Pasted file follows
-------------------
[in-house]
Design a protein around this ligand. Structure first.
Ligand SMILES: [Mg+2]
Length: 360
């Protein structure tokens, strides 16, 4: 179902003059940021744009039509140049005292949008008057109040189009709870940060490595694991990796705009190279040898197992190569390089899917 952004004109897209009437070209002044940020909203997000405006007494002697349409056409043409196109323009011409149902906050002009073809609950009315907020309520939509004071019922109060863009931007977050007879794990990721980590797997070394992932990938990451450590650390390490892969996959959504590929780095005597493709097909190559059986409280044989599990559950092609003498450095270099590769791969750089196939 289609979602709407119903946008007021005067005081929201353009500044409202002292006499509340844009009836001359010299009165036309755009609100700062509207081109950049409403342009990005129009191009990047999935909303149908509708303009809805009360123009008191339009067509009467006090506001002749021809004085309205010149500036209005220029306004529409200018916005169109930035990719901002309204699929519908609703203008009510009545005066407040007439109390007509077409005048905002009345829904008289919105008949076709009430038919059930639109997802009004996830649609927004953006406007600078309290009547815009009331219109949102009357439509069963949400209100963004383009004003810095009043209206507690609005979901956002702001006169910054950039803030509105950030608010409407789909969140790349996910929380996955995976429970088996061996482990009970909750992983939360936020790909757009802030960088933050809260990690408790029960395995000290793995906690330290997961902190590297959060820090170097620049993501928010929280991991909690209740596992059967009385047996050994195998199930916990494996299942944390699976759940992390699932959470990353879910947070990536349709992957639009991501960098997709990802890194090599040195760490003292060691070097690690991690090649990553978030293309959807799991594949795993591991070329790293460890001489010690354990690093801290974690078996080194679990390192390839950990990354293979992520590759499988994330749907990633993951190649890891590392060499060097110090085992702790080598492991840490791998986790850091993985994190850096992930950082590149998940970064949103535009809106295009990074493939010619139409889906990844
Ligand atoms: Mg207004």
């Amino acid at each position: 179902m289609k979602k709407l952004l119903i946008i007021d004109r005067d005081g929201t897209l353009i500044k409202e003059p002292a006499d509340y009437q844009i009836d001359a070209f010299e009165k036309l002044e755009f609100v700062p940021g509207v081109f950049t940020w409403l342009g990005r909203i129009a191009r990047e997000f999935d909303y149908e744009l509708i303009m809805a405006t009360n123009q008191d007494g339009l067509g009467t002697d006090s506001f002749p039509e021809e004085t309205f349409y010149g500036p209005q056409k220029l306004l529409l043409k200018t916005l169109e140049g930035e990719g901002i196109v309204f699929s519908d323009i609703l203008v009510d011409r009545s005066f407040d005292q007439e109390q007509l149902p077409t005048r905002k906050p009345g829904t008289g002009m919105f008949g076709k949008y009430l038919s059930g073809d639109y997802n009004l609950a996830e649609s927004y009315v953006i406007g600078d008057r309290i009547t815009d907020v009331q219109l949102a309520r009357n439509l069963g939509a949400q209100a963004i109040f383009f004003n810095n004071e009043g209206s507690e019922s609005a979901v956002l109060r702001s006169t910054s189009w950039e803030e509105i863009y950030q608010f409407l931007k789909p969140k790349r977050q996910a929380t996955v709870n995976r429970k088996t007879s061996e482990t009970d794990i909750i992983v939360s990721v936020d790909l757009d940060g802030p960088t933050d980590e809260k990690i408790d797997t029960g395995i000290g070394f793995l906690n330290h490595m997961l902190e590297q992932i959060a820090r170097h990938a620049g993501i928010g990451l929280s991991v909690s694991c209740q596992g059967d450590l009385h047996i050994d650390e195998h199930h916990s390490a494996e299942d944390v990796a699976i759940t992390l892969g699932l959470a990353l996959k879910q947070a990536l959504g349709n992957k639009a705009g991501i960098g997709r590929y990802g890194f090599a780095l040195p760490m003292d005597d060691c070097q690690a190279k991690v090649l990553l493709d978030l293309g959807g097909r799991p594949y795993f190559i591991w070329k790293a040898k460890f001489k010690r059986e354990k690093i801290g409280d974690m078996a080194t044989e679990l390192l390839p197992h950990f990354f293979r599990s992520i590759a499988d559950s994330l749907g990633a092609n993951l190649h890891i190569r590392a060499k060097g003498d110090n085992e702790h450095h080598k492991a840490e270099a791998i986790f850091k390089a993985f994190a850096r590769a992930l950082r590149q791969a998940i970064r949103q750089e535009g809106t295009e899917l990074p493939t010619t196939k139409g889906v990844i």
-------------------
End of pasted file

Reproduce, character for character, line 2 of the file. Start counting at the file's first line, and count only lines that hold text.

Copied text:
Design a protein around this ligand. Structure first.